York in Poetry: The Green Man

Posted on 24 November 2012 | Poem, Audio

Each evening, his labours at an end,
the green man
catches the number ten bus
and makes his silent way
through the glistening, lamplit streets.

I didn’t realise
it was him at first,
muffled under moss-coloured wool
and capacious, earth-stained coat.
But that musk gave him away:
the autumn-scent of crumbling bark and badgers,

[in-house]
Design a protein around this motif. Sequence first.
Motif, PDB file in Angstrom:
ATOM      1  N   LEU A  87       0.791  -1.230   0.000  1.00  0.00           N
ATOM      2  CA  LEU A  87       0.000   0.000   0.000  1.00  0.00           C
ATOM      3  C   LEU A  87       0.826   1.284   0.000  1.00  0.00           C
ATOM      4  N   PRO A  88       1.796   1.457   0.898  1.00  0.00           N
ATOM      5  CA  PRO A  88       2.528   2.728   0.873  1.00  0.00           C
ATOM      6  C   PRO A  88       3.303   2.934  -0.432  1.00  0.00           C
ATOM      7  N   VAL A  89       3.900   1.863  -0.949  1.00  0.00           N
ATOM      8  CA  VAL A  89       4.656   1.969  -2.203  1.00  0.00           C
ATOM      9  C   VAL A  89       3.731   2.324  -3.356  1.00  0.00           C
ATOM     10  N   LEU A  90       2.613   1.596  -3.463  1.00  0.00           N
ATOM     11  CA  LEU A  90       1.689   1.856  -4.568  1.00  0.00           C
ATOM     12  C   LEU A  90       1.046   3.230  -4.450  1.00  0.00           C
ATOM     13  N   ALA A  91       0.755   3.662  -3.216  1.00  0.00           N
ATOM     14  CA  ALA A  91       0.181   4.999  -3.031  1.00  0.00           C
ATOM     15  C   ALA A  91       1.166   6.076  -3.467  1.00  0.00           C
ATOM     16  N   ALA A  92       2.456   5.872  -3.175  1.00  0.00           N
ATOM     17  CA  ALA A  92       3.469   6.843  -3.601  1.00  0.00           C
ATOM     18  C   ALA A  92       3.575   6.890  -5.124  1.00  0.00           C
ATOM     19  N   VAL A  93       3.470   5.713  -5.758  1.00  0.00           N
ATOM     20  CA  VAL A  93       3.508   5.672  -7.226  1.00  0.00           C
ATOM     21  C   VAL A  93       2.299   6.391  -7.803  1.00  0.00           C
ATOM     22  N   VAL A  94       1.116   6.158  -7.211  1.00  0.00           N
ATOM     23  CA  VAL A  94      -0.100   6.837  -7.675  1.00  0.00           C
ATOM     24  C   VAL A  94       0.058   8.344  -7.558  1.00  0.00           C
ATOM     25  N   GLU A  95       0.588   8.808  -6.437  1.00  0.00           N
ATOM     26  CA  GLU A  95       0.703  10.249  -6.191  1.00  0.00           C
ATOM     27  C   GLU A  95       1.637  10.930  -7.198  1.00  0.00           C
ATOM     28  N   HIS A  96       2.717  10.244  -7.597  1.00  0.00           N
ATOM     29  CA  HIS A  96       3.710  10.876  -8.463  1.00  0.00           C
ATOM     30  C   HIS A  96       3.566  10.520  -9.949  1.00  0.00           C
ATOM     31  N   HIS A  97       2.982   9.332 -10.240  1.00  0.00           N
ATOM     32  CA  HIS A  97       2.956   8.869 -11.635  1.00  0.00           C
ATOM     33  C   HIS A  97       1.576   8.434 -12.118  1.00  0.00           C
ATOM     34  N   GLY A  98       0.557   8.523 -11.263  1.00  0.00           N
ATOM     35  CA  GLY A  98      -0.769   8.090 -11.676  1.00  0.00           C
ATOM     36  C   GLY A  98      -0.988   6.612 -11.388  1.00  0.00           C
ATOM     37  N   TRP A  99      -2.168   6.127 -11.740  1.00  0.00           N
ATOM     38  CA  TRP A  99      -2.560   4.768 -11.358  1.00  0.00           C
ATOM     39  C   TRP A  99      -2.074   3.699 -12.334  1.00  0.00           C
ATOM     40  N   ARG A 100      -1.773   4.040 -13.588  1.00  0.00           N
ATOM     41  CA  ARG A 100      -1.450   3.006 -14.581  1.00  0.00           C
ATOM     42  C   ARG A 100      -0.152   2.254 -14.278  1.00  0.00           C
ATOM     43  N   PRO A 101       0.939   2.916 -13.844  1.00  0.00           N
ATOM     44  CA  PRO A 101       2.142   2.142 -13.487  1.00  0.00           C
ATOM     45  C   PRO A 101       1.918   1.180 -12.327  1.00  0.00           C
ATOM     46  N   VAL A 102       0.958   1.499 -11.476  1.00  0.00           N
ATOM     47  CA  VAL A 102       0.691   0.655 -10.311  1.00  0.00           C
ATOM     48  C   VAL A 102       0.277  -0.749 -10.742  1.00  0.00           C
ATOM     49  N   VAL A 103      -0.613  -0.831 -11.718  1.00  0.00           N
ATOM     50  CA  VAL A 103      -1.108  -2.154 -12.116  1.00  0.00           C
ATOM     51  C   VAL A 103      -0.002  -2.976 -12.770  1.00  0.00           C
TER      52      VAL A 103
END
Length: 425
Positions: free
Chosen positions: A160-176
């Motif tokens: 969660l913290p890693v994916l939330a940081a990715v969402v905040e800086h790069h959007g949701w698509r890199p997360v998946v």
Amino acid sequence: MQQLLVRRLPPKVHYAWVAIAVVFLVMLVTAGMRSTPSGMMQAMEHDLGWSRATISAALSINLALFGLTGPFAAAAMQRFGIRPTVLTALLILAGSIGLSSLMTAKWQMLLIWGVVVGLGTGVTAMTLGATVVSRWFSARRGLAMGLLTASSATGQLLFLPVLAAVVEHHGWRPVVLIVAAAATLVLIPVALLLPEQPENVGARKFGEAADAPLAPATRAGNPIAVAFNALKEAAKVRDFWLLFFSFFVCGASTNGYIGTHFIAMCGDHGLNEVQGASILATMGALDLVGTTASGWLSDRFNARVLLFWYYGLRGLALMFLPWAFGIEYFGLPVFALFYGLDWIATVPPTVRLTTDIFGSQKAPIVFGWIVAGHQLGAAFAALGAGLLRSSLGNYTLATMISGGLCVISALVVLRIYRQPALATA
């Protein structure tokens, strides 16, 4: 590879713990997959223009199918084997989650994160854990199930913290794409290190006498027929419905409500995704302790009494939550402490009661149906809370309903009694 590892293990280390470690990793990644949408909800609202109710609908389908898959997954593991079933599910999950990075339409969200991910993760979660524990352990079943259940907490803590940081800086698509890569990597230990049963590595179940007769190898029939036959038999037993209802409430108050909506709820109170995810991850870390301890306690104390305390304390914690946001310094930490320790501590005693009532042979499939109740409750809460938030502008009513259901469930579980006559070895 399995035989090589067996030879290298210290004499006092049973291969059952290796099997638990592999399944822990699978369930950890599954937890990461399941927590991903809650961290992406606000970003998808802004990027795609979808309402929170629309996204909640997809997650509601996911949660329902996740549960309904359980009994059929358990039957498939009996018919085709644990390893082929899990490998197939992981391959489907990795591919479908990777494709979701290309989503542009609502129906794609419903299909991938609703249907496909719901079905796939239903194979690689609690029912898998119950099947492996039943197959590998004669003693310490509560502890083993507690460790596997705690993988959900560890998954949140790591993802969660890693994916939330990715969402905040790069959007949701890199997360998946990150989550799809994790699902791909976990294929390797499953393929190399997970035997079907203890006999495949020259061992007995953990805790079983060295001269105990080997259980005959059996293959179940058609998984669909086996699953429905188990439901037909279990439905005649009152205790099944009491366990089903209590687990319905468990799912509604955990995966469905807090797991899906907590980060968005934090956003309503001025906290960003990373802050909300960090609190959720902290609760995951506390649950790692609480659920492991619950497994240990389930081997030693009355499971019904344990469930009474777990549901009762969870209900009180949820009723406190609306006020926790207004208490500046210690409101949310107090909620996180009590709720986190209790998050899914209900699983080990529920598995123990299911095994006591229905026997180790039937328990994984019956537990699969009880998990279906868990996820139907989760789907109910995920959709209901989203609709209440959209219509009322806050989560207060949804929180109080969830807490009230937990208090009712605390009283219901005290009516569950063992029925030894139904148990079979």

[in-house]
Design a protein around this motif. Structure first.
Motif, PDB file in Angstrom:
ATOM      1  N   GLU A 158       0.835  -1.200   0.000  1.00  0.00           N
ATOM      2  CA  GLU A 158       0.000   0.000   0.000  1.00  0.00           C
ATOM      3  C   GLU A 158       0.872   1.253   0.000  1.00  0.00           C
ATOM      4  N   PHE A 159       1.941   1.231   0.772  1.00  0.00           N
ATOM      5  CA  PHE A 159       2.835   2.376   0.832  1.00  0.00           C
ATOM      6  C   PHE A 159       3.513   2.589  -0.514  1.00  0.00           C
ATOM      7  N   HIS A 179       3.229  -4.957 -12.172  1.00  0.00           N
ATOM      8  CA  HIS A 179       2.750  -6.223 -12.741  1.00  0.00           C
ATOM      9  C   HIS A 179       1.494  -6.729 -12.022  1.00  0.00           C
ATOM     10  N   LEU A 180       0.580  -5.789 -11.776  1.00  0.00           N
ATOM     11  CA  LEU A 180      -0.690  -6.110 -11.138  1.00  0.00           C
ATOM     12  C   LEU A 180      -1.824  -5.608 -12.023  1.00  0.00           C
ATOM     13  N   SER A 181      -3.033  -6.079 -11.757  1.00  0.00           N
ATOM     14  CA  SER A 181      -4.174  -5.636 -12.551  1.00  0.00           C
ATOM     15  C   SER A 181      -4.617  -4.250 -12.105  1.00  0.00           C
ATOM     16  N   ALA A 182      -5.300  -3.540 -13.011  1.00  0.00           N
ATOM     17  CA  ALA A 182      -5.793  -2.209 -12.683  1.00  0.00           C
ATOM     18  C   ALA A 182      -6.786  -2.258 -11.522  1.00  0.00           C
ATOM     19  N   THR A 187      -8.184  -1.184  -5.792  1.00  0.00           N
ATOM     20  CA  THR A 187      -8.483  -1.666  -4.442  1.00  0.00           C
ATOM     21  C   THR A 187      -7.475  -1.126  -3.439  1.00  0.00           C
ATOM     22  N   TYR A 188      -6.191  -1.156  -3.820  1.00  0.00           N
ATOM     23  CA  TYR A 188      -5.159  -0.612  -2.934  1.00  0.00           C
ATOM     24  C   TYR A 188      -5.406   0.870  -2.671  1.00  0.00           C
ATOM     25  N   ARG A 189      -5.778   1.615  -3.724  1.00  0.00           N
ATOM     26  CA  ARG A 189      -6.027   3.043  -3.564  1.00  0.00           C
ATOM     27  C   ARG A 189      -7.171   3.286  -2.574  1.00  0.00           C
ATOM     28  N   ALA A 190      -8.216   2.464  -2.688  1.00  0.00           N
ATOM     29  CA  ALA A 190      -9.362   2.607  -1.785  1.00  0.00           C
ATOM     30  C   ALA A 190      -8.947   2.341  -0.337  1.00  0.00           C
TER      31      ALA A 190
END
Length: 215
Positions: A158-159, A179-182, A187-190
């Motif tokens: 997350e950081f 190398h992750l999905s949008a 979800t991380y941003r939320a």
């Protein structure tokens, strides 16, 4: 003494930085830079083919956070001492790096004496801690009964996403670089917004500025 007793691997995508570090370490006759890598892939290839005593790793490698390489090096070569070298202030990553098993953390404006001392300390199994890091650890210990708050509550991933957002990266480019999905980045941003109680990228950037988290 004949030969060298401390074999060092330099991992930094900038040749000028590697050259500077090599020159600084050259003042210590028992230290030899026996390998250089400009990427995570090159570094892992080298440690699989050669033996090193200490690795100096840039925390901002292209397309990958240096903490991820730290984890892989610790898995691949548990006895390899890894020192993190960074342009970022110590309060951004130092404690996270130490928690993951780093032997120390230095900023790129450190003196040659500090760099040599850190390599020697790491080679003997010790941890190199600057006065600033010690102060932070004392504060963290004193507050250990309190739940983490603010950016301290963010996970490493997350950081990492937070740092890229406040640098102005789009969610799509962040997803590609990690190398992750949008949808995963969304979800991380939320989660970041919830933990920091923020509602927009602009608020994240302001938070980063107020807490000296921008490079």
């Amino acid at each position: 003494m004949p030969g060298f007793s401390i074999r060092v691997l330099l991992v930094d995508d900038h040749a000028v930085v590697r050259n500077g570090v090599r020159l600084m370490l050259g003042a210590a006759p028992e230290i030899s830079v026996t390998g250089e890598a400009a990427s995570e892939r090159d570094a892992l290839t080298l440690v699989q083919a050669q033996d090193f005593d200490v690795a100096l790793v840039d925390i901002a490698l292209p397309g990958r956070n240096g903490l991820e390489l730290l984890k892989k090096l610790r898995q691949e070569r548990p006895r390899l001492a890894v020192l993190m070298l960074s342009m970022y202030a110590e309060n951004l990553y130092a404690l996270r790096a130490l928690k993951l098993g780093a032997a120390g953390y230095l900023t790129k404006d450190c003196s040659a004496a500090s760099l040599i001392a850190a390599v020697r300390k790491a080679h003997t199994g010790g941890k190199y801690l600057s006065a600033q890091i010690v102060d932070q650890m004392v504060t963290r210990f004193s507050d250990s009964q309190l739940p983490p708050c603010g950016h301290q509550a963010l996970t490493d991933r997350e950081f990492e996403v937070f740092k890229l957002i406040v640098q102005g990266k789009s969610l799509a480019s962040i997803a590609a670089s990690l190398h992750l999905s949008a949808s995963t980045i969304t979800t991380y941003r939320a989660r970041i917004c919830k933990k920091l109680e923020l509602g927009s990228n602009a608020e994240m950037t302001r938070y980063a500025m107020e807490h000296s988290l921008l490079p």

brown as leaf-litter, heady
with mushrooms, moss and leather. The air
tastes of tilled earth as he passes.

I sneak a glance
when he’s not looking, try to make out
stray twigs poking
from under the cap, the stubble-fuzz of lichen
on his jowls, the weatherbeaten
crags of brows. I picture great fat hands,
hoary, ripe as apples,
curling up hedgehogs into puffballs,
scuffing truffles, turning insect-teeming logs,
bedding in horse-chestnuts until spring.

In cracked grey hobnails
he disembarks like rustled leaf-breath.
A flavour of loam and windfalls
lingers in the air behind him:
the must of seasons turning,

- Andy Humphrey
taken from ‘The Green Man Awakes’, published by Stairwell Books